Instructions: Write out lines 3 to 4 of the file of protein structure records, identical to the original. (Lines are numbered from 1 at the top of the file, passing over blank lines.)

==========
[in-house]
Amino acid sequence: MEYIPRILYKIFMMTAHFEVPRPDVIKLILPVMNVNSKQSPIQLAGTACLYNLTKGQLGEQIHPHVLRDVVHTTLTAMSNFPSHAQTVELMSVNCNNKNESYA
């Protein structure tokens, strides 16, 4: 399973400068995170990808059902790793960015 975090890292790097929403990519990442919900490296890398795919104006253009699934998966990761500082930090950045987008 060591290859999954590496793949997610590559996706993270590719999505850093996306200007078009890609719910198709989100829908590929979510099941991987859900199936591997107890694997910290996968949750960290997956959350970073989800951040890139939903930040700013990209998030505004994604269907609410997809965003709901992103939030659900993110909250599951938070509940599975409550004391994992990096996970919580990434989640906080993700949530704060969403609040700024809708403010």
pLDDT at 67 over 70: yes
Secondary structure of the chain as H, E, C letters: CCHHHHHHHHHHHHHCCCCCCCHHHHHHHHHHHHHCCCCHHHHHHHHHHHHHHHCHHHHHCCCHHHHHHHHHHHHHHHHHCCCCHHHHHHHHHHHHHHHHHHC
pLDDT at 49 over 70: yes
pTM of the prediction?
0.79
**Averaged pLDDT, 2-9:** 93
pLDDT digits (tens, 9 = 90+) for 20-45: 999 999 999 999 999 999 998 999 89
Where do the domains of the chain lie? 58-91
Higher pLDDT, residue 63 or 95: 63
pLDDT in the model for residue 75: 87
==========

């Protein structure tokens, strides 16, 4: 399973400068995170990808059902790793960015 975090890292790097929403990519990442919900490296890398795919104006253009699934998966990761500082930090950045987008 060591290859999954590496793949997610590559996706993270590719999505850093996306200007078009890609719910198709989100829908590929979510099941991987859900199936591997107890694997910290996968949750960290997956959350970073989800951040890139939903930040700013990209998030505004994604269907609410997809965003709901992103939030659900993110909250599951938070509940599975409550004391994992990096996970919580990434989640906080993700949530704060969403609040700024809708403010």
pLDDT at 67 over 70: yes